This month during Black History Month we are honoring Black Americans who paved a path forward for the community. The City of Hobbs has a long history of Blacks who paved a path forward for the community.
We honor the trailblazers who stand on the shoulders of giants and continue to inspire us today. One of those trailblazers is
Ralph D. Littleton, who began his teaching career in Texas where he received a bachelor’s degree from Bishop College in Marshall, Texas. He later attended Colorado State Teachers College to complete his master’s degree.
Littleton moved to Hobbs in 1948 with his wife Daizolu where he became the principal after Mr. Pigford left Booker T. Washington, which was a segregated school. Littleton held the position of principal until 1974 when he retired.
After retirement he continued his educational journey, and became the first African American in 1975 to serve on the Hobbs school board. One of the longest serving African Americans in Hobbs school board history, Littleton was also involved in local politics and played a significant role with redistricting boundaries for local council elections that would later pave the way for Blacks to run for city council.
During the civil rights movement in the 1960s, where leaders like Martin Luther King Jr.,
Rosa Parks and so many others were fighting for equal rights for Blacks in the United States — especially in the deep Jim Crow South, Hobbs, New Mexico had its own civil rights movement.
It was led by an unknown high school student — Charles Edward Becknell Sr., who attended Booker T. Washington and later attended junior high school at Heizer Jr. High. Becknell played basketball in 1956-1957 and later attended Hobbs High School. He became one of the first Blacks to be hired as a caddy at the Hobbs Country Club while attending school.
A little unknow history about Becknell, while still in high school, he helped organize the first Black sit-ins at Hobbs lunch counters and restaurants. He later became a civil rights leader and an advocate for nonviolent social change when he left Hobbs and moved to Albuquerque.
Becknell left Hobbs in 1960 for St. Joseph College, which later became the University of Albuquerque. Becknell went on to get a bachelor’s degree in history and education, a master’s degree in secondary education from the University of Albuquerque, and then a Doctorate in American Studies from the University of New Mexico in 1975.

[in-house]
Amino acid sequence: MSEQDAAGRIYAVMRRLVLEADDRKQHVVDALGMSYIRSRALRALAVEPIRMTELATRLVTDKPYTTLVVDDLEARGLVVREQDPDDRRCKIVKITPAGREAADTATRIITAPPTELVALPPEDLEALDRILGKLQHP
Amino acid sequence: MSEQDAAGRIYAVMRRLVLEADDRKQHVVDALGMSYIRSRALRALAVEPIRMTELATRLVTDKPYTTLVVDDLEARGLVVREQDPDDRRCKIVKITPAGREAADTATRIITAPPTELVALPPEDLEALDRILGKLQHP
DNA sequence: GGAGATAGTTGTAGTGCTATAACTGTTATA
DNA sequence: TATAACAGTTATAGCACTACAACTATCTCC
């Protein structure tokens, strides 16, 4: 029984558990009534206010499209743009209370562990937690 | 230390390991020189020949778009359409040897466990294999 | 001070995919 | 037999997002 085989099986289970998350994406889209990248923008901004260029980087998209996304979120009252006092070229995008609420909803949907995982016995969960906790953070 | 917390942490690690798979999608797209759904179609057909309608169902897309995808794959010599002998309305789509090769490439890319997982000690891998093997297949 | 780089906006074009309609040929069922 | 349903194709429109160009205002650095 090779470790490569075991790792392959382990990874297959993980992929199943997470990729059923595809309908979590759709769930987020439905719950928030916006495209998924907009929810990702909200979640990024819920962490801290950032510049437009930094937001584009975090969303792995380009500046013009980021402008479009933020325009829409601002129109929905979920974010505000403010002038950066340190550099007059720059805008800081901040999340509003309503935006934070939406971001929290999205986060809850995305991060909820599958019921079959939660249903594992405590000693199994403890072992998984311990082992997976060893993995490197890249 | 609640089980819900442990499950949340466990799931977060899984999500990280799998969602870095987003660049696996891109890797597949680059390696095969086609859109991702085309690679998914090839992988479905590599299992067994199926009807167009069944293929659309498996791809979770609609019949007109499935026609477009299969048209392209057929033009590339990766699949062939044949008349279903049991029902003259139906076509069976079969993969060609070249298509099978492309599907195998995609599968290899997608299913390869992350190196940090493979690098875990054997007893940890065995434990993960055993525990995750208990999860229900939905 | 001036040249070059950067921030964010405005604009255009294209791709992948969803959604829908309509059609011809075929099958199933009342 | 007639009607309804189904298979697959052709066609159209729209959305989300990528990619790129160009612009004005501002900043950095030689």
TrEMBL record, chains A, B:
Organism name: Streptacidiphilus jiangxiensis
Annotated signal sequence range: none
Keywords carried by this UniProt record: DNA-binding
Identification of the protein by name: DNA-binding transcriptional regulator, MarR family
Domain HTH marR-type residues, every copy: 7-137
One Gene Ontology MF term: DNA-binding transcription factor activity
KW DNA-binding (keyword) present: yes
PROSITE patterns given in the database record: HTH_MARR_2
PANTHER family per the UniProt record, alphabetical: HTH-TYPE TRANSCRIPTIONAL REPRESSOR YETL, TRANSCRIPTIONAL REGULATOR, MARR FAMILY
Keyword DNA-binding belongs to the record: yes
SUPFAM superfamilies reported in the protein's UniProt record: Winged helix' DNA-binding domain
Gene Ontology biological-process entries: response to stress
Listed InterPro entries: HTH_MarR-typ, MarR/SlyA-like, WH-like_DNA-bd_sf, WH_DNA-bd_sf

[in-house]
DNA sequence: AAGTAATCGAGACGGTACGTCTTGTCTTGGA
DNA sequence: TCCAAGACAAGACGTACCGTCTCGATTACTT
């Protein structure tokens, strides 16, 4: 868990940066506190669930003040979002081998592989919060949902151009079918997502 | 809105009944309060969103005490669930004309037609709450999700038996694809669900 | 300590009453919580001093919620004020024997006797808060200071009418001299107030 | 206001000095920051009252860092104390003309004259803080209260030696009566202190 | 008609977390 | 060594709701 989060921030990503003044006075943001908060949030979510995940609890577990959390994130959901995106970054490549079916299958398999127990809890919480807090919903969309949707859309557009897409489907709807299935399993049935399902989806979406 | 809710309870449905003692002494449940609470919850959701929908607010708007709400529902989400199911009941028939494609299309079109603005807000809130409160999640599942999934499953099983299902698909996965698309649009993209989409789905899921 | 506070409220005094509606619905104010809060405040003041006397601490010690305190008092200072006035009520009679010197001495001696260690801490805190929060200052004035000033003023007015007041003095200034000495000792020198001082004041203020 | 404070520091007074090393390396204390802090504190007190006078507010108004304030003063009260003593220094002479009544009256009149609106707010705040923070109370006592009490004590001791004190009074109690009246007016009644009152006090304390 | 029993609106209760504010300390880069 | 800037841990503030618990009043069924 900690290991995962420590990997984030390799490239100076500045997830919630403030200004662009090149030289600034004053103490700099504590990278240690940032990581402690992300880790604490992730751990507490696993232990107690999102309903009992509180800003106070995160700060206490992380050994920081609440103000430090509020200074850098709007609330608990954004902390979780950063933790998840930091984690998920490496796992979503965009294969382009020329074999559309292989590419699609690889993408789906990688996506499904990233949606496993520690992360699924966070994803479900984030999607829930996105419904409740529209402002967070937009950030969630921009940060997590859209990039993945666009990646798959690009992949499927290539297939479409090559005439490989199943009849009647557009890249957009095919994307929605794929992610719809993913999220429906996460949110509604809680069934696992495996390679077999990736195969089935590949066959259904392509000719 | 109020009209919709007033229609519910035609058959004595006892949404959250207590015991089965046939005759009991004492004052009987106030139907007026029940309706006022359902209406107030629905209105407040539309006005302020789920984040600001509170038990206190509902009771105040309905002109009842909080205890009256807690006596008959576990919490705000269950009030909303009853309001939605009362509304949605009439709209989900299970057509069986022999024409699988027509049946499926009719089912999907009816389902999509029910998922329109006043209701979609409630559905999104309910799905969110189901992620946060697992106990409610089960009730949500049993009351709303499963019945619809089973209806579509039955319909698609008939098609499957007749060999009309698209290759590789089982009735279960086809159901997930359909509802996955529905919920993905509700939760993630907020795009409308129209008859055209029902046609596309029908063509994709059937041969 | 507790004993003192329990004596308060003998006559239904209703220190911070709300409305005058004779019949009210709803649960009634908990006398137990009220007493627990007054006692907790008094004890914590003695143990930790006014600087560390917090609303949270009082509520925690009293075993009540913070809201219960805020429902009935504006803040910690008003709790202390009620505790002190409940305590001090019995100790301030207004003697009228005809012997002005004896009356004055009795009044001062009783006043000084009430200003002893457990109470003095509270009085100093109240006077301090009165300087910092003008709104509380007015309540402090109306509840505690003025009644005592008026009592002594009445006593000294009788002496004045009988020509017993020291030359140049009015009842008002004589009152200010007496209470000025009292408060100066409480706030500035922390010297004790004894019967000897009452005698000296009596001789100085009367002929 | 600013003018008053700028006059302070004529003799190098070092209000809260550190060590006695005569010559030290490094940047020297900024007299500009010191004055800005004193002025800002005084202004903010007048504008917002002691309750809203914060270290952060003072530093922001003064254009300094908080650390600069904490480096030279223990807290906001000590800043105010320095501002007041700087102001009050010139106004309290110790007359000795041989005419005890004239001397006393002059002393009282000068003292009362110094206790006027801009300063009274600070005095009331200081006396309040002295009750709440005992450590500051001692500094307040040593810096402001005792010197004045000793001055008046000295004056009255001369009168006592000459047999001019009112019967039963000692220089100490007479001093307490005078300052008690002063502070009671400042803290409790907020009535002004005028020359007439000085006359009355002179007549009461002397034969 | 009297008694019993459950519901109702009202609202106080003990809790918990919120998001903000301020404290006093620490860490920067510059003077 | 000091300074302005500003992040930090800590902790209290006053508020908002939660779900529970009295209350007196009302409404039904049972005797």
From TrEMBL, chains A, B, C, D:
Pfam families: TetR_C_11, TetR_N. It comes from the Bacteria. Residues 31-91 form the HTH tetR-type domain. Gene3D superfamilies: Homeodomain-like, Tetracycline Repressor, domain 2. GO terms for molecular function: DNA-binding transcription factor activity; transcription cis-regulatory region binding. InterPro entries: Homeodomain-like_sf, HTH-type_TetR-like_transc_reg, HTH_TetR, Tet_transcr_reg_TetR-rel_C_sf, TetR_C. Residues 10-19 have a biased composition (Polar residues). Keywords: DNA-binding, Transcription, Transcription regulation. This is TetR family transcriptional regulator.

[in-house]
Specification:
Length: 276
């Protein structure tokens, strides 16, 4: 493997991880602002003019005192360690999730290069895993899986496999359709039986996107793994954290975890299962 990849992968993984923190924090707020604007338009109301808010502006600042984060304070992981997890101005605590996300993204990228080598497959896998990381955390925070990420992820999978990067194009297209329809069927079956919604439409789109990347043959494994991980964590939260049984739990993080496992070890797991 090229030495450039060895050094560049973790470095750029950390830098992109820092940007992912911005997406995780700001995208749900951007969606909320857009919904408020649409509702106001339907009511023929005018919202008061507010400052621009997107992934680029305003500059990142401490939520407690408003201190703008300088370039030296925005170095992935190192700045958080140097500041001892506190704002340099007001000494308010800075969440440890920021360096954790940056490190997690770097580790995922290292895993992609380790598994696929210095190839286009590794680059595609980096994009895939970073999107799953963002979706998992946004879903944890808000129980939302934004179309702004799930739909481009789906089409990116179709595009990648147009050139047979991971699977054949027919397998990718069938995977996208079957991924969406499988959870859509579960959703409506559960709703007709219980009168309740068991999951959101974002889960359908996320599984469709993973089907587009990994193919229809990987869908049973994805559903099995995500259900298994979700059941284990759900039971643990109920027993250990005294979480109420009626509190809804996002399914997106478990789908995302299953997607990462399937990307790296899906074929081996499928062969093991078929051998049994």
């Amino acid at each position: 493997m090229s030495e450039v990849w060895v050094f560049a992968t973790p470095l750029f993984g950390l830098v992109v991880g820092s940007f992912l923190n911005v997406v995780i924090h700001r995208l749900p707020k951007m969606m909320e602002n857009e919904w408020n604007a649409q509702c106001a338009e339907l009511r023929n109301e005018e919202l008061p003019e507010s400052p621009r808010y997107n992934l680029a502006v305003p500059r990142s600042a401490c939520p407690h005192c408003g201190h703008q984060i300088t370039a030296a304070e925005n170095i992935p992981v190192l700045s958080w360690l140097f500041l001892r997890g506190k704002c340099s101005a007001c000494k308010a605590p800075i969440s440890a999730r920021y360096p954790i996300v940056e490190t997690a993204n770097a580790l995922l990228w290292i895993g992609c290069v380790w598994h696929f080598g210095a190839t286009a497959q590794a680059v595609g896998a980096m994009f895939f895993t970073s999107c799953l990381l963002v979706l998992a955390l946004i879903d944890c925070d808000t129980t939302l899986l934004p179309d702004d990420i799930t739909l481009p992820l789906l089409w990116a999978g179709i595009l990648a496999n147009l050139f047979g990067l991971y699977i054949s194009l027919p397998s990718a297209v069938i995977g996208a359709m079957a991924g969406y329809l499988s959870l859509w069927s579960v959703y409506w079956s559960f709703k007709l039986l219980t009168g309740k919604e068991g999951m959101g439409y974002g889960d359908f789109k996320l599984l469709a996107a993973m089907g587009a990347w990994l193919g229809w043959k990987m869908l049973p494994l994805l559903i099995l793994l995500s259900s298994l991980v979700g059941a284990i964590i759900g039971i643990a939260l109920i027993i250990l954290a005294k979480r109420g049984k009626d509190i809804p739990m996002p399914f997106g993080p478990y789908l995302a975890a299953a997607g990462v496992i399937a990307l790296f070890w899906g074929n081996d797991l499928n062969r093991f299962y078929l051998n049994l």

Becknell later became the founder and director of the African American Studies program at UNM, and director of the Governor’s Council on Criminal Justice Planning under former governors Jerry Apodaca, D-Las Cruces, and Bruce King, D-Santa Fe, he would later serve as the director of personnel services for the City of Albuquerque.
Another Black trailblazer in Hobbs was Andrew “Jim” James Palmer.
In the 1970s Blacks were not known for having positions in law enforcement across the United States — especially in the Southwest.
Hobbs, known for oil and gas, would quietly make history in the state of New Mexico.
In 1973, Jimmy Palmer, who was well respected by both the Black community and the white community, was the first African American to serve as a police chief in the State of New Mexico, and for the City of Hobbs.
He was also the first African American police chief in the southwest part of the United States.
He would rise through the ranks within the mostly white police department to be appointed as the police chief for the Hobbs Police Department. Palmer was active in the community, where he also made it possible for other African American men to join the HPD. The Palmer legacy continues to live on in the City of Hobbs.
Our history has many traumatic periods but it never stops us from accomplishing, what at times, can seem impossible.
We are teachers, lawyers, musicians, engineers, entertainers, mathematicians, surgeons, business owners, inventors, scientists, doctors, CEOs, activists, writers, entrepreneurs, and elected officials at every level.
We are a diverse people, with different languages, religions, cultures, and shades. There is no limit on what we can accomplish as our history has proven.
Virgil Green is director of public safety for the Oklahoma City Convention Center and is the past deputy police chief of the Tusla Public Schools and the former chief of police for Helena-West Helena and Spencer, Okla., departments. He was born and raised in Hobbs, having known the three leaders mentioned in his column.